6. Assumes some sort of cleavage between policy dreamers and practical doers, which dooms any point that might come out of that.

    7. If you look at the work of the HRC it works best in a non-judicial, problem-solving sense. For example, a letter from the Disability Commissioner explaining to a shop owner that guide dogs can’t lawfully be excluded from their premises as though they were pets or random street dogs is far more effective and efficient than the emoluments of the bench.

    8. This means religious people get to define what’s “offensive”. Do you regard the earth-creation story in Genesis as a metaphor (as I do) rather than literal truth (as others do)? A cartoon of the Prophet Muhammad standing amid corpses in Syria declaiming “This is NOT what I meant!” would arouse a lot of debate and offend plenty of people, but there is no conservative, ecumenical case to adjudicate public redress for such offence – assuming that’s what you’re about here.

    I think those two examples are non-offensive but others may not take them that way, and judiciary/tribunals chew up time/resources with theological matters on which they are ill-equipped to decide.

    Other instances of religious-based hatred – defacing houses of worship, ripping off burqas, spitting – are already crimes, and conservatives oppose piling on layers of regulation for the hell of it.

    9. See 4 above – what are you trying to achieve with education, etc. The idea that children who can’t read by the time they start school have been inadequately raised/taught is false.

    10. The states are the only level of government big enough to deliver core services of government – health, education, social services, transport and judicial/penitentiary services – well, the four biggest states anyway. Again, a conservative focus on what works and what doesn’t, what’s sustainable and what isn’t, would do wonders here.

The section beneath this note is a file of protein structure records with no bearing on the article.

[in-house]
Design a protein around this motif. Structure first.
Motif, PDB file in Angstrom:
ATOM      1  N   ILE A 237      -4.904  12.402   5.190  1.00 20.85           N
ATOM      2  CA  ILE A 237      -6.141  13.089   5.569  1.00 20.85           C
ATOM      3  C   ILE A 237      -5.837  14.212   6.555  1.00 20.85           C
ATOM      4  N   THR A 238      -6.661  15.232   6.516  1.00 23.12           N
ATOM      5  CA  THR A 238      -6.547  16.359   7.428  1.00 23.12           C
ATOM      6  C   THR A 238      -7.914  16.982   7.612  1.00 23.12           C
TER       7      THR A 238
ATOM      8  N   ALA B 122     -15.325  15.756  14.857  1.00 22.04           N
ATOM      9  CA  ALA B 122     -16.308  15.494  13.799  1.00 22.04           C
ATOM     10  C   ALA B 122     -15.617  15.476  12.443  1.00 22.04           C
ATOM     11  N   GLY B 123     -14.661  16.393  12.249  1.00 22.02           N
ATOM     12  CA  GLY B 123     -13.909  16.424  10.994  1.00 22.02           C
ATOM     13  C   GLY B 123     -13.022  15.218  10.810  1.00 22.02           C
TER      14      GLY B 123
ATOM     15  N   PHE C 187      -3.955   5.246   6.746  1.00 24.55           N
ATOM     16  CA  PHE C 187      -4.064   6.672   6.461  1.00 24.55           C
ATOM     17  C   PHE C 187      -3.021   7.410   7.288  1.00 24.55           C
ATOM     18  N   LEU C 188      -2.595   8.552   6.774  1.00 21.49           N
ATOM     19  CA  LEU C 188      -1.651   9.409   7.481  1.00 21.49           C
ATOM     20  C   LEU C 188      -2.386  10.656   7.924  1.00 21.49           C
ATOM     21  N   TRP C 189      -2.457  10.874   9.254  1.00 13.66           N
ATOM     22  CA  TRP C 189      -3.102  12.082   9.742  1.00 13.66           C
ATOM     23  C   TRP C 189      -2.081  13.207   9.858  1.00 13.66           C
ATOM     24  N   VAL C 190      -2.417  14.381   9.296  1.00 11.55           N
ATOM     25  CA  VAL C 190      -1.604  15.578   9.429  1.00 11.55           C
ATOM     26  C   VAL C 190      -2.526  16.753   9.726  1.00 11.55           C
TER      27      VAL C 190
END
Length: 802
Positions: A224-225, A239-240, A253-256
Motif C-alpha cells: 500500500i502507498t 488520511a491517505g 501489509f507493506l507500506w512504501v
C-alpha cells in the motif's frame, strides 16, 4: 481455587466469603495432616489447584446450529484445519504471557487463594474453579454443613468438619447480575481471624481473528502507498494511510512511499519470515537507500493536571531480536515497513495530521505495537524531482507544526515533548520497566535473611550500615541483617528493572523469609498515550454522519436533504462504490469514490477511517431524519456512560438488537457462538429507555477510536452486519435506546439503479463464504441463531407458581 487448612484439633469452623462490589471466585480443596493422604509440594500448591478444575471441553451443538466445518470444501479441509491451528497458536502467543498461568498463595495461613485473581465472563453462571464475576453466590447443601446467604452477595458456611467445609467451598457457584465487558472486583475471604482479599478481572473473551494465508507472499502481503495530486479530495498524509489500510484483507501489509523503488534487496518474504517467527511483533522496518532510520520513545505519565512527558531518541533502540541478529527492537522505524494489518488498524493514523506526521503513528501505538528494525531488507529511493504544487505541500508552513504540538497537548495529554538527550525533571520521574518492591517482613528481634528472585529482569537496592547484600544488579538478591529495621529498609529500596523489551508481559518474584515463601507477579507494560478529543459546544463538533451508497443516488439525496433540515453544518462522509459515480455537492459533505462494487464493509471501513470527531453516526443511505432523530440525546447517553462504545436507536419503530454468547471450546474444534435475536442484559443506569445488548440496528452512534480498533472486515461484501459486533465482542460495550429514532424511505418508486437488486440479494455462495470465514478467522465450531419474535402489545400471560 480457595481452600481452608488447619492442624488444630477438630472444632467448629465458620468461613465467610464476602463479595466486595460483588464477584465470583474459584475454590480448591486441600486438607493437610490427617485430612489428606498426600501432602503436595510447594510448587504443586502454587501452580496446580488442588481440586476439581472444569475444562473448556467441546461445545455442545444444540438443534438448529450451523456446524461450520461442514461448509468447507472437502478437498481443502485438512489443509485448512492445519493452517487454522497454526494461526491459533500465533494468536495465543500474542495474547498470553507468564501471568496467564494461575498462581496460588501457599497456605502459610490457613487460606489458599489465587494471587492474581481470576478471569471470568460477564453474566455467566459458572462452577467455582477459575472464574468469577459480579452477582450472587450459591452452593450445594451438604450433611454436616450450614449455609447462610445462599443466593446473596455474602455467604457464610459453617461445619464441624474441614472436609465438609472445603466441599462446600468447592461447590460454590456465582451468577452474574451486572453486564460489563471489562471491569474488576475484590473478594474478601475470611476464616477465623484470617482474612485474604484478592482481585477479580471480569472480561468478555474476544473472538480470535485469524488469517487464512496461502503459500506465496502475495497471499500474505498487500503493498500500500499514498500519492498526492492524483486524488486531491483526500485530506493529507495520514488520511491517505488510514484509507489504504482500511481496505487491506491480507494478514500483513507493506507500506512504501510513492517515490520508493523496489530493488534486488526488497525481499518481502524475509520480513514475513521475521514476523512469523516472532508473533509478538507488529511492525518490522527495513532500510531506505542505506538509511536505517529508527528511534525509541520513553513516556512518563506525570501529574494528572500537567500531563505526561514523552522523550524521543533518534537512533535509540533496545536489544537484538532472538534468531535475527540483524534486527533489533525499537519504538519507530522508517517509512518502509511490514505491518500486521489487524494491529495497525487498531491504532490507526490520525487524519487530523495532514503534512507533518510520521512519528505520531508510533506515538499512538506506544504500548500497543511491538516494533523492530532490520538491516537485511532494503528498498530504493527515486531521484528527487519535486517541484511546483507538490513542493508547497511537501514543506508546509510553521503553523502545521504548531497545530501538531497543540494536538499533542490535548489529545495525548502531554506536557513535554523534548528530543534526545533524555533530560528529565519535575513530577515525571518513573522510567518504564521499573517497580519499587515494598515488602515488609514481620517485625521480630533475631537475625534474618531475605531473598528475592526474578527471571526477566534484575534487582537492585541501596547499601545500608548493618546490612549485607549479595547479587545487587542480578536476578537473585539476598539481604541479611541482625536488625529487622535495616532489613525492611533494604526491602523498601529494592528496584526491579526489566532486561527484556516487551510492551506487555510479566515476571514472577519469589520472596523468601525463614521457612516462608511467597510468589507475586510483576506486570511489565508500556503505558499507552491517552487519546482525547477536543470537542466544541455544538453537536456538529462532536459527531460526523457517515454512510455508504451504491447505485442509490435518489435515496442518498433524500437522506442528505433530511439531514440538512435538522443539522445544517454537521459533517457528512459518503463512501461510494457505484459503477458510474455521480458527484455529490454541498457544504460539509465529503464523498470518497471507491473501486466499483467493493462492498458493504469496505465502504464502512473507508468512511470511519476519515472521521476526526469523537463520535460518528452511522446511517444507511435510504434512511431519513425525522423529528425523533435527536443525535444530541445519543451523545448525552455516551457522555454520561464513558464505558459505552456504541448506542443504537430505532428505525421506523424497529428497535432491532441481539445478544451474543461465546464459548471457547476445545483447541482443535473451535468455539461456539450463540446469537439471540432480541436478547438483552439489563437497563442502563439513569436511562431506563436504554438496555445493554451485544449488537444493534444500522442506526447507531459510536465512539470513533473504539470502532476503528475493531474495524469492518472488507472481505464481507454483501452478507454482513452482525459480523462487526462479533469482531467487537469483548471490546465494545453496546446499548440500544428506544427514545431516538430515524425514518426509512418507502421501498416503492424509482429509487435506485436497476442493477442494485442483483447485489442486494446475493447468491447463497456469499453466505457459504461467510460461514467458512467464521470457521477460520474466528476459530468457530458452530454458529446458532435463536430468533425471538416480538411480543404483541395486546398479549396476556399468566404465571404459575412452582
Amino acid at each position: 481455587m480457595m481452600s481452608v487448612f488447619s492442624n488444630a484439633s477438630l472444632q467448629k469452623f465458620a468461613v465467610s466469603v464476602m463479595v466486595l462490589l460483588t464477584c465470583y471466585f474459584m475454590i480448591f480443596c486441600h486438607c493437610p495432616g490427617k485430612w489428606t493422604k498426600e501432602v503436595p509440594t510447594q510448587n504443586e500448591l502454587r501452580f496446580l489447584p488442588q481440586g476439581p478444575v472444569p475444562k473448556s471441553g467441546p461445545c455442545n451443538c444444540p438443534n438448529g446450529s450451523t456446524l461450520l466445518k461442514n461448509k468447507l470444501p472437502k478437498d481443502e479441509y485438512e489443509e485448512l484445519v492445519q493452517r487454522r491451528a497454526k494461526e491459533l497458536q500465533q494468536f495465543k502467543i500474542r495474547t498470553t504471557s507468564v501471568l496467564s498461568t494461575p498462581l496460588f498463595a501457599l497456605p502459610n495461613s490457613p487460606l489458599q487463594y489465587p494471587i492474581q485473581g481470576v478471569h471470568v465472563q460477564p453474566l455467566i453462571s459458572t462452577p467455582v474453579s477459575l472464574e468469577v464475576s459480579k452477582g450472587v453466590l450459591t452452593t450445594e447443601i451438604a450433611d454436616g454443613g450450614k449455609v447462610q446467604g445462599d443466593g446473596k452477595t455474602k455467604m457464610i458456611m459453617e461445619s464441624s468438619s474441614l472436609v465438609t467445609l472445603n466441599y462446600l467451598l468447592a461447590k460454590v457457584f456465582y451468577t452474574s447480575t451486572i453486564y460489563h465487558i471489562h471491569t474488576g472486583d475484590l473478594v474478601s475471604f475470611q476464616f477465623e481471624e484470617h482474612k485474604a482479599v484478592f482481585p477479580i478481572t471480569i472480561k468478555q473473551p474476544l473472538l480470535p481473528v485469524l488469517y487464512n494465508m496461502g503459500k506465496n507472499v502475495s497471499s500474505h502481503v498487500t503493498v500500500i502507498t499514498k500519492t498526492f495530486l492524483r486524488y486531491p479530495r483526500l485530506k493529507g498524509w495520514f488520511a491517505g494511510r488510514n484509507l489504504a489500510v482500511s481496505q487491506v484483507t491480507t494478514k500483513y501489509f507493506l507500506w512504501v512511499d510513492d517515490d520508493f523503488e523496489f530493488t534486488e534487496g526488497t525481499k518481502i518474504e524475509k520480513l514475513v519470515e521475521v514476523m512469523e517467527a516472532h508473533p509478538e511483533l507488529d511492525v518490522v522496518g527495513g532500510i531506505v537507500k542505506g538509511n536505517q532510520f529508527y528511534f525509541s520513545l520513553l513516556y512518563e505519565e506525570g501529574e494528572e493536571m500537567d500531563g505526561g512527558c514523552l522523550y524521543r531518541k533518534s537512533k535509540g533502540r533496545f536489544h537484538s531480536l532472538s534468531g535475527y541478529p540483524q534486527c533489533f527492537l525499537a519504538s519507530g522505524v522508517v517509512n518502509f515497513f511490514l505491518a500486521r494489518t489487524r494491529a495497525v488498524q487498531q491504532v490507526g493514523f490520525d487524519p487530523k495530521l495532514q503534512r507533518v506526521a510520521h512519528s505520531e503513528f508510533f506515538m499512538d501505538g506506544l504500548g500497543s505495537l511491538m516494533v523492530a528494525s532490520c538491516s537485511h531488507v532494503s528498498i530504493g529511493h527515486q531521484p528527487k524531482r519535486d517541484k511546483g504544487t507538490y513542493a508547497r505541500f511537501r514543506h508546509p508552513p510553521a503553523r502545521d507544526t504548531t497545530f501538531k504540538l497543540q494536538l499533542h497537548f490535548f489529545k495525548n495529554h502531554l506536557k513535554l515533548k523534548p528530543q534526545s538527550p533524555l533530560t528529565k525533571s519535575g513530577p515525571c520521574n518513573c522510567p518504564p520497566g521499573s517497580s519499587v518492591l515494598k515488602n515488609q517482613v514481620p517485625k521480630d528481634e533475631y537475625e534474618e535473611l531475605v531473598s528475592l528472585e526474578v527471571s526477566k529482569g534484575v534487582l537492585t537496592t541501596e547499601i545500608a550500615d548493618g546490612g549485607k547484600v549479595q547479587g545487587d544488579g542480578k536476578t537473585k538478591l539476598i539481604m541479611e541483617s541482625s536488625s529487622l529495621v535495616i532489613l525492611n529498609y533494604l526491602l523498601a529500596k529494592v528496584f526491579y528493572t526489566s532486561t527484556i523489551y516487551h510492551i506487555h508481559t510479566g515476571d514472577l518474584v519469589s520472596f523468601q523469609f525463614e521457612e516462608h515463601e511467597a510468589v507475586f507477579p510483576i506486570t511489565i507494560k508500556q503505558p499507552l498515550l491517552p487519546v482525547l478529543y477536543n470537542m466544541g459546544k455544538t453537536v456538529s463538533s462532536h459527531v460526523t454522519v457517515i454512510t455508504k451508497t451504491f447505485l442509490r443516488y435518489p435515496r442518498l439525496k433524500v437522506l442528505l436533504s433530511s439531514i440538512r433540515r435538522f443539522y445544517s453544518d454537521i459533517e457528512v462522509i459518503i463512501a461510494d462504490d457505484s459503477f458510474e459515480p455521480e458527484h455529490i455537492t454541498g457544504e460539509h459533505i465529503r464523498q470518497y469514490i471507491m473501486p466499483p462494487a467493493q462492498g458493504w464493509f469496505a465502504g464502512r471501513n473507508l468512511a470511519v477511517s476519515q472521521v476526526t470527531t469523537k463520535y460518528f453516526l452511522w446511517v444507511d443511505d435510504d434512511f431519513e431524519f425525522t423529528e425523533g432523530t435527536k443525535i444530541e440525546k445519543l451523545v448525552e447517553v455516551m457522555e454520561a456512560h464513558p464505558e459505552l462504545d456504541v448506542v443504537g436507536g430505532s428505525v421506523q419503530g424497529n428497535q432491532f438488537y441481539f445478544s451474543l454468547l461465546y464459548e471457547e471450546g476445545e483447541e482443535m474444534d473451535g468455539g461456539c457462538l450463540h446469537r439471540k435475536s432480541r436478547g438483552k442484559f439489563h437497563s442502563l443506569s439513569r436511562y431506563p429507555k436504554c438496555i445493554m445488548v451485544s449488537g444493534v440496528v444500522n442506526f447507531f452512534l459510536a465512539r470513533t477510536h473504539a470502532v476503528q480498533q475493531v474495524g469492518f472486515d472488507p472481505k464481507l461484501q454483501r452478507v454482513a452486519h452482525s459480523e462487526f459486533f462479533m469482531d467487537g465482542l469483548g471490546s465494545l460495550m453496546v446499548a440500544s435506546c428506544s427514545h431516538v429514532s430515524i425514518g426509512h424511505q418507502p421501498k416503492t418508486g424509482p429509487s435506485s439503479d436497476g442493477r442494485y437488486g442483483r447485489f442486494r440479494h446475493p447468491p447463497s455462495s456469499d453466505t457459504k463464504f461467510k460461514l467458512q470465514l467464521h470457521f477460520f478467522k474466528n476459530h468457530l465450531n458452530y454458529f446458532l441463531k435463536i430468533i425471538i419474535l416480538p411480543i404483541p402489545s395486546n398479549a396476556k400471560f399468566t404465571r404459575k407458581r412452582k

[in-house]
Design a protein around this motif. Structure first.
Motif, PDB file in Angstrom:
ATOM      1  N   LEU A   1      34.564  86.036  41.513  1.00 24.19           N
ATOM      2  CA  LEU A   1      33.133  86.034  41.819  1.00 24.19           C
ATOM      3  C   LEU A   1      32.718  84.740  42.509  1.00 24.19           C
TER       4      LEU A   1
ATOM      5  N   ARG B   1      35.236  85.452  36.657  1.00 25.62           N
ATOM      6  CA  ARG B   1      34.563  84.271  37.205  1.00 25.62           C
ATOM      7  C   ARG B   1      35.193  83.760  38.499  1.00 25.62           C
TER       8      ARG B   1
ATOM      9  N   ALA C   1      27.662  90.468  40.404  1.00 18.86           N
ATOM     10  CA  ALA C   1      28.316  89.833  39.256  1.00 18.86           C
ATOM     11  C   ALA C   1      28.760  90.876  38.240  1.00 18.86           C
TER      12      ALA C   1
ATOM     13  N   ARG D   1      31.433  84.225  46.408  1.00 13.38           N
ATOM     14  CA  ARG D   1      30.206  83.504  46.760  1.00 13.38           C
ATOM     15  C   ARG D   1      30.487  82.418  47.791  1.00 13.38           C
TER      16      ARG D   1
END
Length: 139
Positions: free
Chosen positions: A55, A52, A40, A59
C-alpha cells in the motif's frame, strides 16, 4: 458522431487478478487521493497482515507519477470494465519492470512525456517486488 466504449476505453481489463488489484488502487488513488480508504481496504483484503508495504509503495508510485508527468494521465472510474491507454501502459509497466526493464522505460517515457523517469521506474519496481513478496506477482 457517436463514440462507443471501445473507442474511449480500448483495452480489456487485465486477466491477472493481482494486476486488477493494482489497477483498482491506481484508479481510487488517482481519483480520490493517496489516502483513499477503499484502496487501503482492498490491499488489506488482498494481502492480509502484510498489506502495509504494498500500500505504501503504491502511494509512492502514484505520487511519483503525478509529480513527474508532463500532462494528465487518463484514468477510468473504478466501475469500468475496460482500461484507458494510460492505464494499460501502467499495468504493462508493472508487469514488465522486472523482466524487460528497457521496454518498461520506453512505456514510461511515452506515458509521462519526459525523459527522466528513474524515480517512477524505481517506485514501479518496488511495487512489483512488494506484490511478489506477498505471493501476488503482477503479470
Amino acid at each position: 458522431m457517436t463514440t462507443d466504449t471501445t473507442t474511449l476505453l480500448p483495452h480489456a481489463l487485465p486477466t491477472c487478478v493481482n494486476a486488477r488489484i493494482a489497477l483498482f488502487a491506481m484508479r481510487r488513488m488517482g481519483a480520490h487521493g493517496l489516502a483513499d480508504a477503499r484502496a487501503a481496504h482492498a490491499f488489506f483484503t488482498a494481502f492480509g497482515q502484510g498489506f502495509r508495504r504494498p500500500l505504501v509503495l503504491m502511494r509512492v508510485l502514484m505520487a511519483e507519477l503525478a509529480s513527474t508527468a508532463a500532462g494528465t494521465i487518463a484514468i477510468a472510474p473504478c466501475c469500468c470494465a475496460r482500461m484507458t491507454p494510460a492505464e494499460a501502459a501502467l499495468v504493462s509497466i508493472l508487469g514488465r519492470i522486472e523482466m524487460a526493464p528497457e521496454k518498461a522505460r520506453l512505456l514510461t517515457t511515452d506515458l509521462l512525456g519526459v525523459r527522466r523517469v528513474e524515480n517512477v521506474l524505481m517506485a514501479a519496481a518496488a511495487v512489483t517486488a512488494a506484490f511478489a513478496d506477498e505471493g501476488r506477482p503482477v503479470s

11. There is also a conservative case to be made for the environment. Major religions (including Indigenous ones) seem to agree that we are custodians of the land for those yet to come, as our ancestors were custodians before us. Atheists can find extensive historical records to support such sentiments in word and deed.

    In the lead-up to the 1996 election the Nationals insisted that the only valid environmental concerns were ‘brown’ rather than ‘green’ – landcare and groundwater rather than rainforests or threatened species. They have spent 13 of the 19 years since then in government, and have failed so abjectly that ‘brown’ issues are being used against them (eg, CSG).

    The IPA has nothing useful to say about environmental issues, holding to Hugh Morgan’s Genesis quote about subduing the land with all the literal fervour of creationists. Their Northern Australia manifesto, where they wanted taxpayers to fund a whole lot of infrastructure for beneficiaries who would then enjoy tax breaks, was their intellectual death knell.

    If every half-witted utterance from a representative of the institute he founded caused CD Kemp to spin in his grave, it could create power that is both fossil-fuelled and renewable, but I’ve gone on too long already.